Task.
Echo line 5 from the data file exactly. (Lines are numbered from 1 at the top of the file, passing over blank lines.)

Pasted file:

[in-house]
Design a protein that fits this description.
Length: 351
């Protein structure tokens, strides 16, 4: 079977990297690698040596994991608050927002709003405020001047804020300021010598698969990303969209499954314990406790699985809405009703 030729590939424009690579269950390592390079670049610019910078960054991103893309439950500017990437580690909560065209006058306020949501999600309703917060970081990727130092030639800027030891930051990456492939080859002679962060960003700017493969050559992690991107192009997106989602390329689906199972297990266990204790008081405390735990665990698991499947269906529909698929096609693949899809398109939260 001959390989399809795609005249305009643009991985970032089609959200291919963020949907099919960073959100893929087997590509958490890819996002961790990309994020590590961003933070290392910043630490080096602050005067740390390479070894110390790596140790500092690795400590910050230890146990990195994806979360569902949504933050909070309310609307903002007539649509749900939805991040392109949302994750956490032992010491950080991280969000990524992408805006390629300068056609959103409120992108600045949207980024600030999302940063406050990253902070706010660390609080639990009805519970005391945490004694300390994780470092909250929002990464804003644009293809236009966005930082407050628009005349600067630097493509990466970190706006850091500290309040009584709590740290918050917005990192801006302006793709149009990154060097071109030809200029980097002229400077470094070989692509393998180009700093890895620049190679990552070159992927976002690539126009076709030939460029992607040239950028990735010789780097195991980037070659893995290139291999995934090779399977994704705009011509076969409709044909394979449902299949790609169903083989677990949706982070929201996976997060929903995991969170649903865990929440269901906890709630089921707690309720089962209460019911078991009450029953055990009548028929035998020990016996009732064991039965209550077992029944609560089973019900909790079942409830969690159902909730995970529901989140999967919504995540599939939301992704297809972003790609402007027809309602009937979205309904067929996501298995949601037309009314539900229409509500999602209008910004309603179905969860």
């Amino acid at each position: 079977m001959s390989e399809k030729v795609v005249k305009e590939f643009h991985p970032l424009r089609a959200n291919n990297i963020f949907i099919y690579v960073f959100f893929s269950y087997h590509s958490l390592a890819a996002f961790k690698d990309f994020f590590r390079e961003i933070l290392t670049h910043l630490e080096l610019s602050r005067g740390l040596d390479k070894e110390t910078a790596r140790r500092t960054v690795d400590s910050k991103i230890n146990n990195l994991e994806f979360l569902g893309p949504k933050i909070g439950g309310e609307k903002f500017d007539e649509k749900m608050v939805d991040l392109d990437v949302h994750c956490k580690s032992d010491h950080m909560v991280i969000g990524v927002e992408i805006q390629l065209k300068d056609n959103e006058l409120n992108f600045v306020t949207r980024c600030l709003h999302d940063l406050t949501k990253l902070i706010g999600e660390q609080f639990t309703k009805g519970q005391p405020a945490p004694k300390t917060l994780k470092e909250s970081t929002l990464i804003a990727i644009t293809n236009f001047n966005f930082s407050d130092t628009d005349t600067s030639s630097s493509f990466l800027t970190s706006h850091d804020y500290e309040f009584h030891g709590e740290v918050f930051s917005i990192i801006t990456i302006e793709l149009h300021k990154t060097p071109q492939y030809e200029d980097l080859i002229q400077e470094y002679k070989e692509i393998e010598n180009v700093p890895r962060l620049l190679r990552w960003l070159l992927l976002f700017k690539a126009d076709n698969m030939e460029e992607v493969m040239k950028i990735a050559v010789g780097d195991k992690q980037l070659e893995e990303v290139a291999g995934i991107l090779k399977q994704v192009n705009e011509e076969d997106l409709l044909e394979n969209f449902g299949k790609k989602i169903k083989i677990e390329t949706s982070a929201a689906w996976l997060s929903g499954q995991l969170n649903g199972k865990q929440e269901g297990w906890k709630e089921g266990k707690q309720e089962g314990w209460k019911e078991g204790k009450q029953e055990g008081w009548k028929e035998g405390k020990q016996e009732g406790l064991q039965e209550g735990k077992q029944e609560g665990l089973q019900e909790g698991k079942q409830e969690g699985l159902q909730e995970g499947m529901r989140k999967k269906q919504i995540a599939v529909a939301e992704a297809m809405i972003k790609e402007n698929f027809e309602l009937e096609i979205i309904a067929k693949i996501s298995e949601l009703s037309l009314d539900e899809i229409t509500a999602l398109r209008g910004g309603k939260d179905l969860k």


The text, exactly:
């Amino acid at each position: 079977m001959s390989e399809k030729v795609v005249k305009e590939f643009h991985p970032l424009r089609a959200n291919n990297i963020f949907i099919y690579v960073f959100f893929s269950y087997h590509s958490l390592a890819a996002f961790k690698d990309f994020f590590r390079e961003i933070l290392t670049h910043l630490e080096l610019s602050r005067g740390l040596d390479k070894e110390t910078a790596r140790r500092t960054v690795d400590s910050k991103i230890n146990n990195l994991e994806f979360l569902g893309p949504k933050i909070g439950g309310e609307k903002f500017d007539e649509k749900m608050v939805d991040l392109d990437v949302h994750c956490k580690s032992d010491h950080m909560v991280i969000g990524v927002e992408i805006q390629l065209k300068d056609n959103e006058l409120n992108f600045v306020t949207r980024c600030l709003h999302d940063l406050t949501k990253l902070i706010g999600e660390q609080f639990t309703k009805g519970q005391p405020a945490p004694k300390t917060l994780k470092e909250s970081t929002l990464i804003a990727i644009t293809n236009f001047n966005f930082s407050d130092t628009d005349t600067s030639s630097s493509f990466l800027t970190s706006h850091d804020y500290e309040f009584h030891g709590e740290v918050f930051s917005i990192i801006t990456i302006e793709l149009h300021k990154t060097p071109q492939y030809e200029d980097l080859i002229q400077e470094y002679k070989e692509i393998e010598n180009v700093p890895r962060l620049l190679r990552w960003l070159l992927l976002f700017k690539a126009d076709n698969m030939e460029e992607v493969m040239k950028i990735a050559v010789g780097d195991k992690q980037l070659e893995e990303v290139a291999g995934i991107l090779k399977q994704v192009n705009e011509e076969d997106l409709l044909e394979n969209f449902g299949k790609k989602i169903k083989i677990e390329t949706s982070a929201a689906w996976l997060s929903g499954q995991l969170n649903g199972k865990q929440e269901g297990w906890k709630e089921g266990k707690q309720e089962g314990w209460k019911e078991g204790k009450q029953e055990g008081w009548k028929e035998g405390k020990q016996e009732g406790l064991q039965e209550g735990k077992q029944e609560g665990l089973q019900e909790g698991k079942q409830e969690g699985l159902q909730e995970g499947m529901r989140k999967k269906q919504i995540a599939v529909a939301e992704a297809m809405i972003k790609e402007n698929f027809e309602l009937e096609i979205i309904a067929k693949i996501s298995e949601l009703s037309l009314d539900e899809i229409t509500a999602l398109r209008g910004g309603k939260d179905l969860k």